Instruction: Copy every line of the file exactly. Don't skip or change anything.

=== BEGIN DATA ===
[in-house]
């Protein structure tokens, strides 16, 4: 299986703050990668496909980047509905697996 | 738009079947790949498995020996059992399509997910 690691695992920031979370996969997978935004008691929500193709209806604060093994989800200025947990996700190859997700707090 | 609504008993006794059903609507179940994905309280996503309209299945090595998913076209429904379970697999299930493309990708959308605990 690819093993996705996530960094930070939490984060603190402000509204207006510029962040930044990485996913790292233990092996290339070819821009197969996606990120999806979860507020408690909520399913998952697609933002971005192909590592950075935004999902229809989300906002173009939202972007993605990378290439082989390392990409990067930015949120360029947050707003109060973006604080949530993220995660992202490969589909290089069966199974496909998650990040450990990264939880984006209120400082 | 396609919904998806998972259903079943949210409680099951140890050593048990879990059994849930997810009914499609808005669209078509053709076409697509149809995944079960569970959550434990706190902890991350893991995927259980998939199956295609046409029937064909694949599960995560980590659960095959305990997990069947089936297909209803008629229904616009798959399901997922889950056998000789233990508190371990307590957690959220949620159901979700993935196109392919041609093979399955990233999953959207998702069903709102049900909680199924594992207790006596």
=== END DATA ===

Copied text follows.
[in-house]
């Protein structure tokens, strides 16, 4: 299986703050990668496909980047509905697996 | 738009079947790949498995020996059992399509997910 690691695992920031979370996969997978935004008691929500193709209806604060093994989800200025947990996700190859997700707090 | 609504008993006794059903609507179940994905309280996503309209299945090595998913076209429904379970697999299930493309990708959308605990 690819093993996705996530960094930070939490984060603190402000509204207006510029962040930044990485996913790292233990092996290339070819821009197969996606990120999806979860507020408690909520399913998952697609933002971005192909590592950075935004999902229809989300906002173009939202972007993605990378290439082989390392990409990067930015949120360029947050707003109060973006604080949530993220995660992202490969589909290089069966199974496909998650990040450990990264939880984006209120400082 | 396609919904998806998972259903079943949210409680099951140890050593048990879990059994849930997810009914499609808005669209078509053709076409697509149809995944079960569970959550434990706190902890991350893991995927259980998939199956295609046409029937064909694949599960995560980590659960095959305990997990069947089936297909209803008629229904616009798959399901997922889950056998000789233990508190371990307590957690959220949620159901979700993935196109392919041609093979399955990233999953959207998702069903709102049900909680199924594992207790006596």